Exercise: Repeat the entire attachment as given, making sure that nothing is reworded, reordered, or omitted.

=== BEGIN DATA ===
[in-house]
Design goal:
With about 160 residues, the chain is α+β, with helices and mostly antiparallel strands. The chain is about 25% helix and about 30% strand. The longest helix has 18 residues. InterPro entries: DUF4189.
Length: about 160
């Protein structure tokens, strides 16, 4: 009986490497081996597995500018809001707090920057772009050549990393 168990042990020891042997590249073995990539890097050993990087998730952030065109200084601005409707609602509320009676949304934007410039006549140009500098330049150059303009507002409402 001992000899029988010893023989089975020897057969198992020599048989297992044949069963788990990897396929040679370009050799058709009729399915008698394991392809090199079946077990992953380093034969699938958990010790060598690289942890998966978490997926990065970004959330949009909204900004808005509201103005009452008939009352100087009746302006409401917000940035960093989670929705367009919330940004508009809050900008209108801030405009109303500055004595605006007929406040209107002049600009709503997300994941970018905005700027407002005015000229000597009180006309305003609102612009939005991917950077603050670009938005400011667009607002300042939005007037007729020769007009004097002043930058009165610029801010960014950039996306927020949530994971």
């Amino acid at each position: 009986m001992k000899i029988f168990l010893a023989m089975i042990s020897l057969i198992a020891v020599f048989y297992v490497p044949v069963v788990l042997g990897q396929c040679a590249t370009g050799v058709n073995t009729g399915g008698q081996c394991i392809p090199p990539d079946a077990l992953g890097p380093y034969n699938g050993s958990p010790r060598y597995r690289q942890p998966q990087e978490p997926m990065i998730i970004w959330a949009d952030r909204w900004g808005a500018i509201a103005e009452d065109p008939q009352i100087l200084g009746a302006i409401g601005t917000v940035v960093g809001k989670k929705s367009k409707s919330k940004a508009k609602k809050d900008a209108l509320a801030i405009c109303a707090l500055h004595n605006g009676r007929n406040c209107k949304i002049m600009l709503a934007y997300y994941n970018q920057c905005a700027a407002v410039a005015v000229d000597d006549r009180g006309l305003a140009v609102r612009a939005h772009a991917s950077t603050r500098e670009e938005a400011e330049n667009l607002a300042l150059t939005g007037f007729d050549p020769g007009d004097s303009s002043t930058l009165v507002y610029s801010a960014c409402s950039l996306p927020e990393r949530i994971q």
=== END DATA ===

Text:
[in-house]
Design goal:
With about 160 residues, the chain is α+β, with helices and mostly antiparallel strands. The chain is about 25% helix and about 30% strand. The longest helix has 18 residues. InterPro entries: DUF4189.
Length: about 160
């Protein structure tokens, strides 16, 4: 009986490497081996597995500018809001707090920057772009050549990393 168990042990020891042997590249073995990539890097050993990087998730952030065109200084601005409707609602509320009676949304934007410039006549140009500098330049150059303009507002409402 001992000899029988010893023989089975020897057969198992020599048989297992044949069963788990990897396929040679370009050799058709009729399915008698394991392809090199079946077990992953380093034969699938958990010790060598690289942890998966978490997926990065970004959330949009909204900004808005509201103005009452008939009352100087009746302006409401917000940035960093989670929705367009919330940004508009809050900008209108801030405009109303500055004595605006007929406040209107002049600009709503997300994941970018905005700027407002005015000229000597009180006309305003609102612009939005991917950077603050670009938005400011667009607002300042939005007037007729020769007009004097002043930058009165610029801010960014950039996306927020949530994971």
């Amino acid at each position: 009986m001992k000899i029988f168990l010893a023989m089975i042990s020897l057969i198992a020891v020599f048989y297992v490497p044949v069963v788990l042997g990897q396929c040679a590249t370009g050799v058709n073995t009729g399915g008698q081996c394991i392809p090199p990539d079946a077990l992953g890097p380093y034969n699938g050993s958990p010790r060598y597995r690289q942890p998966q990087e978490p997926m990065i998730i970004w959330a949009d952030r909204w900004g808005a500018i509201a103005e009452d065109p008939q009352i100087l200084g009746a302006i409401g601005t917000v940035v960093g809001k989670k929705s367009k409707s919330k940004a508009k609602k809050d900008a209108l509320a801030i405009c109303a707090l500055h004595n605006g009676r007929n406040c209107k949304i002049m600009l709503a934007y997300y994941n970018q920057c905005a700027a407002v410039a005015v000229d000597d006549r009180g006309l305003a140009v609102r612009a939005h772009a991917s950077t603050r500098e670009e938005a400011e330049n667009l607002a300042l150059t939005g007037f007729d050549p020769g007009d004097s303009s002043t930058l009165v507002y610029s801010a960014c409402s950039l996306p927020e990393r949530i994971q």